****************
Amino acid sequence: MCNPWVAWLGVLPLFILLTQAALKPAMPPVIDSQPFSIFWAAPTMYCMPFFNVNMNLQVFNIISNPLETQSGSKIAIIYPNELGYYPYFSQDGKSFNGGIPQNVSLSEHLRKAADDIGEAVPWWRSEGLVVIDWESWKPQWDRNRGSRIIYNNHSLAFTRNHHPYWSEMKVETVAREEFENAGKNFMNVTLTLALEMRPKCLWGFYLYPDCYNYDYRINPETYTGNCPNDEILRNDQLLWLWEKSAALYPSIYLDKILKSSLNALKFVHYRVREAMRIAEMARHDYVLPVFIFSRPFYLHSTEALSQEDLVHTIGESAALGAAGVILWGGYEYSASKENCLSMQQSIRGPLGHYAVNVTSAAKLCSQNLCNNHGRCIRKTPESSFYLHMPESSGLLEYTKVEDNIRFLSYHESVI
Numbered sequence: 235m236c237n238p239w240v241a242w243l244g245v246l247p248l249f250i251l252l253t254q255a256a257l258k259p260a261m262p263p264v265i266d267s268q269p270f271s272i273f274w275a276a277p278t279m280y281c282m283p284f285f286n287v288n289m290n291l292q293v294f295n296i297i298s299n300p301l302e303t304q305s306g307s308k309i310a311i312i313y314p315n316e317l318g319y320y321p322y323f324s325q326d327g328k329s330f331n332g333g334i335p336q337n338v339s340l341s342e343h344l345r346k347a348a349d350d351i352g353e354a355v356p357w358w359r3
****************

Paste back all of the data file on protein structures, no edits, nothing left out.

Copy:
Amino acid sequence: MCNPWVAWLGVLPLFILLTQAALKPAMPPVIDSQPFSIFWAAPTMYCMPFFNVNMNLQVFNIISNPLETQSGSKIAIIYPNELGYYPYFSQDGKSFNGGIPQNVSLSEHLRKAADDIGEAVPWWRSEGLVVIDWESWKPQWDRNRGSRIIYNNHSLAFTRNHHPYWSEMKVETVAREEFENAGKNFMNVTLTLALEMRPKCLWGFYLYPDCYNYDYRINPETYTGNCPNDEILRNDQLLWLWEKSAALYPSIYLDKILKSSLNALKFVHYRVREAMRIAEMARHDYVLPVFIFSRPFYLHSTEALSQEDLVHTIGESAALGAAGVILWGGYEYSASKENCLSMQQSIRGPLGHYAVNVTSAAKLCSQNLCNNHGRCIRKTPESSFYLHMPESSGLLEYTKVEDNIRFLSYHESVI
Numbered sequence: 235m236c237n238p239w240v241a242w243l244g245v246l247p248l249f250i251l252l253t254q255a256a257l258k259p260a261m262p263p264v265i266d267s268q269p270f271s272i273f274w275a276a277p278t279m280y281c282m283p284f285f286n287v288n289m290n291l292q293v294f295n296i297i298s299n300p301l302e303t304q305s306g307s308k309i310a311i312i313y314p315n316e317l318g319y320y321p322y323f324s325q326d327g328k329s330f331n332g333g334i335p336q337n338v339s340l341s342e343h344l345r346k347a348a349d350d351i352g353e354a355v356p357w358w359r3